This story was originally published in November 2020.
If Christmas is going to look a little bit different this year, maybe your Christmas tree should, too. With holiday downsizing due to the pandemic, you might want to consider an alternative to the traditional Christmas tree that is just as fun and festive.
The traditional Christmas trees include coniferous species like balsam fir and white pine. These tall, bushy trees not only look great all decked out, but they make the house smell like a forest, a scent that many people associate with the holiday season.
But there are a number of reasons you might want to stray from tradition. Maybe you want to break from tradition in general, or you need a smaller plant this year because you are celebrating Christmas with a smaller group, or even alone. Pandemic aside, Adam Dyar, operations manager at McClure’s Tree Nursery in Kingfield, said that Christmas tree shoppers have increasingly been looking for new types of trees to deck out.
“We have seen an evolution in Christmas tree species that would be considered the most commonly used,” Dyar said. “The Fraser fir has superior needle retention and has become a premium tree. If you want something with color, look for a blue spruce or a Meyer spruce, which offer very sturdy branches but also come with sharper needles — the perfect deterrent for cats and dogs who may want to climb or jump on the tree.”
An added benefit to the blue spruce is that you can purchase a living variety and plant it after the season is done, which is another trend Dyar has noticed in Christmas tree shopping.
Rob Moody from Moody’s Nursery and Garden Center in Saco warned that these sharp needles might also prick you or your curious family members.
Moody said that a shopper looking for a Christmas tree at a slightly smaller scale that can also serve as a landscape plant might like an emerald arborvitae or a dwarf Alberta spruce, or even a shrub like an evergreen holly or boxwood tree.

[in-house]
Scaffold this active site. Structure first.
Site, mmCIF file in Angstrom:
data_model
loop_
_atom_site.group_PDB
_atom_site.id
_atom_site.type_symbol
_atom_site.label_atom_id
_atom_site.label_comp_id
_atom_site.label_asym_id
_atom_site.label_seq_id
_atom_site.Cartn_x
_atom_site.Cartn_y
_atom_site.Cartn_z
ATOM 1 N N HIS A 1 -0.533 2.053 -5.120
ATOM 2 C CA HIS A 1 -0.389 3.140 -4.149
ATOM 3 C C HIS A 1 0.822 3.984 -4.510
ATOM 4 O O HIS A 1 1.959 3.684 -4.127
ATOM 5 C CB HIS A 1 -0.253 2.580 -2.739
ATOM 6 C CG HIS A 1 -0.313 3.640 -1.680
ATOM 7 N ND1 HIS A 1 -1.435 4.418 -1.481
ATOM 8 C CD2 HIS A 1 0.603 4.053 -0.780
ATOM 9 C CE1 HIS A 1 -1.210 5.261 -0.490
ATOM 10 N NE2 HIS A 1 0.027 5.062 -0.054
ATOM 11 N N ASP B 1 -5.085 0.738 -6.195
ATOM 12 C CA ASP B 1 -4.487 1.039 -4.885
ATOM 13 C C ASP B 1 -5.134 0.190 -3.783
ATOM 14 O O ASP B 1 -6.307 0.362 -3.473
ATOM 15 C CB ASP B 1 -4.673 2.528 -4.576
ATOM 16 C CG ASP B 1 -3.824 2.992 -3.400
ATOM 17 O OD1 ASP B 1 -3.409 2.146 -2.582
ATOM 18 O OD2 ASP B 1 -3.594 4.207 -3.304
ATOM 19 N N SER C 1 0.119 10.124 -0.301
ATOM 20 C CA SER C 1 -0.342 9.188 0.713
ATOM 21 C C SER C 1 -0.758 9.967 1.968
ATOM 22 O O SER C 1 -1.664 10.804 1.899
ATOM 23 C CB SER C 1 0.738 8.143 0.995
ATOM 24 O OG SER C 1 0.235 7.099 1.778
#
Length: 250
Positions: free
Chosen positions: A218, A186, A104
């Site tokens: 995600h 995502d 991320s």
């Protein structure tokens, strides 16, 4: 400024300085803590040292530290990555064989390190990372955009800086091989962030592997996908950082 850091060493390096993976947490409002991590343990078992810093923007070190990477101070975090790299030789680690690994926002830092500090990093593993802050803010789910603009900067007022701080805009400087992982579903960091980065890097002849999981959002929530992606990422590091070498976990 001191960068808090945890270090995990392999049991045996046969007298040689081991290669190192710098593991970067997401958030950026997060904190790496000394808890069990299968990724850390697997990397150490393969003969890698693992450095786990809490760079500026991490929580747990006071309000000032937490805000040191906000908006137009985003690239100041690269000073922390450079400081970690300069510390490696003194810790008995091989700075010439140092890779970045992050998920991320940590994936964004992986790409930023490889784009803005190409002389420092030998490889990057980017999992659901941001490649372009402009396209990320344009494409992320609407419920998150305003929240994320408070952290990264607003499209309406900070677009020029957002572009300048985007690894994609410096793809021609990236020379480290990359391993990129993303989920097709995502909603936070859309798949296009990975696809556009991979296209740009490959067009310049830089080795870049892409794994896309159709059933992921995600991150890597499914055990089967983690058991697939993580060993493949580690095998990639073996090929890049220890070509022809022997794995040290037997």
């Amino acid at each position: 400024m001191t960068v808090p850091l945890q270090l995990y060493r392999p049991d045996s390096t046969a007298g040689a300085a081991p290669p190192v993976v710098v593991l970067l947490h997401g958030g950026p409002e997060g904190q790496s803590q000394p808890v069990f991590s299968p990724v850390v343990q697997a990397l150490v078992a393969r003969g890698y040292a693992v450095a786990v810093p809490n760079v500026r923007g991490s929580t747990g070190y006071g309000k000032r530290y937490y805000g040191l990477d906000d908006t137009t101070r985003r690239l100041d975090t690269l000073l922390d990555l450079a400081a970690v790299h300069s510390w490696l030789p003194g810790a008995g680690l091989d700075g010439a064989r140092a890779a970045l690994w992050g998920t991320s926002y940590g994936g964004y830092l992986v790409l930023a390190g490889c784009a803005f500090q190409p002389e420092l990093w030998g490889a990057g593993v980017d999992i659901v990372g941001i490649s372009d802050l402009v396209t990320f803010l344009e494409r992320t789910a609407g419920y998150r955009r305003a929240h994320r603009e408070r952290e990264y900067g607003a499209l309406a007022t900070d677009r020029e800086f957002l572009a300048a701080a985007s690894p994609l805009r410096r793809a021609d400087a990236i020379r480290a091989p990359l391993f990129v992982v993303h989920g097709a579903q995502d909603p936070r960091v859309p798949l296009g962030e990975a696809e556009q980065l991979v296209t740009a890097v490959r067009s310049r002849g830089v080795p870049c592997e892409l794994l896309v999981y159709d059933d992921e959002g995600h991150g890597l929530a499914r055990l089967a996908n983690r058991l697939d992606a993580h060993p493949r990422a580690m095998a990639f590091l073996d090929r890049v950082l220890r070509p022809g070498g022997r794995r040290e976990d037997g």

Melissa Higgins, wholesale manager at Sprague’s Nursery in Bangor, suggested a Norfolk Island pine, a small shrubby plant that has the look of a compact Christmas tree.
“[That] would be a great alternative as it’s a houseplant here in Maine and would thrive staying indoors,” Higgins said. “They look amazing with some twinkling lights and shiny bulbs.”
Moody also suggested the winterberry, a species of holly native to eastern North America in the United States.
“Red Sprite comes to mind as a cultivar that reliably produces many berries, and maintains a manageable size in the landscape,” Moody said.
He said that almost any potted house plant can sub for a Christmas tree, as long as you decorate it.
“Why not a philodendron if you have one?” Moody said. “Rosemary is an edible option. With newer smaller lights the options are limited by your creativity. It’s difficult [to] not feel the warmth of Christmas with anything decorated with lights.”
For potted plants, Moody said an unglazed pot is the best choice as they breathe and control moisture better, and you should be careful not to over water in the winter.
Even if you are having a small Christmas celebration, having some sort of decorative holiday plant will help bring the spirit of the season into your home.
“I do realize this year and other circumstances may bring a weight to the season, but we have to get ourselves through it,” Mood said. “A decorated houseplant can get you most of the way through winter.”